John Lennon's song Imagine was voted in 1999 as having Britain's favourite lyrics. Which is a sad thing as the lyrics are so awful.
We are invited in the song to imagine that there is no heaven; that people live only for today; that there are no countries; no religion; no possessions; and one global culture.
It is an anthem for a denatured individualism. So I was interested to read that a new book by Dominic Sandbrook has concluded that Lennon was not a peace-loving visionary but selfishly individualistic and a hypocrite.
According to Sandbrook Lennon's "driving thought was only ever: 'Me, me, me'" and that his career was marked by an "astonishing degree of self-absorption." Sandbrook notes that "Even his most admiring biographers struggle to justify his cruel streak."
And the hypocrisy is mind-boggling. Lennon dreamed of a world without possessions. Yet he chose to indulge in a millionaire lifestyle on a magnificent country estate in England. When living in New York, his partner Yoko Ono had a refrigerated room built in their luxury apartment to store her collection of fur coats. This inspired Elton John to send Lennon the following ditty:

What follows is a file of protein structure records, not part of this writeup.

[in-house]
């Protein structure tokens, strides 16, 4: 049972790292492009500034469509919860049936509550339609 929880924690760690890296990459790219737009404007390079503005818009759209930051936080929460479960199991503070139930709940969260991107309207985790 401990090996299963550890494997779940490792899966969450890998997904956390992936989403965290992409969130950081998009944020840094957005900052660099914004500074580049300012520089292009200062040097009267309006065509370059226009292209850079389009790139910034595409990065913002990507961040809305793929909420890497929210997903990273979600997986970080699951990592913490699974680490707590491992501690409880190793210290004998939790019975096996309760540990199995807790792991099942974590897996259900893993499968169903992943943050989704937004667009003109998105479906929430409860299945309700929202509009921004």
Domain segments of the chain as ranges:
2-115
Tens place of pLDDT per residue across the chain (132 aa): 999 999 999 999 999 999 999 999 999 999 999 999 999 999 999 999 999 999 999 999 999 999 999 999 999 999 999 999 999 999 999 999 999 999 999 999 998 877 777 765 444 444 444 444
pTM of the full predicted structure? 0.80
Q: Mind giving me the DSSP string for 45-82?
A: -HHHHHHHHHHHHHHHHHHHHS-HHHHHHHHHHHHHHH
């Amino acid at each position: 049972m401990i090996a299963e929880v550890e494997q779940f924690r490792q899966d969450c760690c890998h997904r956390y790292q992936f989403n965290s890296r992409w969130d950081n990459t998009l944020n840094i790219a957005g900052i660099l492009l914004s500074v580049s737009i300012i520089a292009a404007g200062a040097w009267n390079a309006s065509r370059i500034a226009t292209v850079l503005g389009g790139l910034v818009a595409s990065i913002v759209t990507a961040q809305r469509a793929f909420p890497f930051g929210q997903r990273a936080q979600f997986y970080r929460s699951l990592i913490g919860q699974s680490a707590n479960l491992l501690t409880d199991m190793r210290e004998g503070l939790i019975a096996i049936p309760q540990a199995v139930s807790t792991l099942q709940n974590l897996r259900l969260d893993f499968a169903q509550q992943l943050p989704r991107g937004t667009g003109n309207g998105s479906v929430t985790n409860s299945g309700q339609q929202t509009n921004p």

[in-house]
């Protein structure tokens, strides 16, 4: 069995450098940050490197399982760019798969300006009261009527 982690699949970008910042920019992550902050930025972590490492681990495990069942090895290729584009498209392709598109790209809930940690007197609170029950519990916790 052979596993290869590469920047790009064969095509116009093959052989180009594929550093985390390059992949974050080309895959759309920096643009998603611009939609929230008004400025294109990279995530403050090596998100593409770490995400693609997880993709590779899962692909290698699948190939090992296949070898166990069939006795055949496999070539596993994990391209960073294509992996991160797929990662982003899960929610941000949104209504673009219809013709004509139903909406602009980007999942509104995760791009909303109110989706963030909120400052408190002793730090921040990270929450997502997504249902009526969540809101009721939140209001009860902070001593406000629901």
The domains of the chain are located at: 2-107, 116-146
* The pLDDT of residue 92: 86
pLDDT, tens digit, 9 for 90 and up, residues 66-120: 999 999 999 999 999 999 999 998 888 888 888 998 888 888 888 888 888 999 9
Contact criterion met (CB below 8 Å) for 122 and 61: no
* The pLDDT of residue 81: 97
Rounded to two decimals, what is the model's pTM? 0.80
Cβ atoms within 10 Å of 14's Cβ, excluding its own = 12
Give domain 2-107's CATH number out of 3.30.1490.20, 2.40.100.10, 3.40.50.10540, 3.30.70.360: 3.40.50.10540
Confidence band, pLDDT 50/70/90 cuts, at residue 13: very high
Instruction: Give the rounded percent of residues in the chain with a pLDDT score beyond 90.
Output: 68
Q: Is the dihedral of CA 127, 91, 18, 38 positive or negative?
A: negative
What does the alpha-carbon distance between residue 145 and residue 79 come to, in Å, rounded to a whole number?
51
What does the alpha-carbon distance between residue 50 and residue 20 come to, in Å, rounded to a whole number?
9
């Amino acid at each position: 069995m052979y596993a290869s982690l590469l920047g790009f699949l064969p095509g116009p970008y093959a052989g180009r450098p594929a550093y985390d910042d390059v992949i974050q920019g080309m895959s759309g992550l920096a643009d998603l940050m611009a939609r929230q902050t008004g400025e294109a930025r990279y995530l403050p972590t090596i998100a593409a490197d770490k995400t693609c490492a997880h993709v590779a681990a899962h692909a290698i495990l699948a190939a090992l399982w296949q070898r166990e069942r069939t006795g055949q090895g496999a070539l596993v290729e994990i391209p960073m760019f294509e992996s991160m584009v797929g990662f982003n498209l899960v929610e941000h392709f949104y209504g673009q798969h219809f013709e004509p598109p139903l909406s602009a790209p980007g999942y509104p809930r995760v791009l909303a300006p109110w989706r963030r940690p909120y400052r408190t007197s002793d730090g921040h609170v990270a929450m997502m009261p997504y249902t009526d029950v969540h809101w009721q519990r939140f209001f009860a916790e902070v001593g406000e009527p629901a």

'Imagine six apartments / It isn't hard to do / One is full of fur coats / The other's full of shoes.'
He seems to have been one of those men whom the poet Sir Walter Scott criticised as being "concentrated all in self".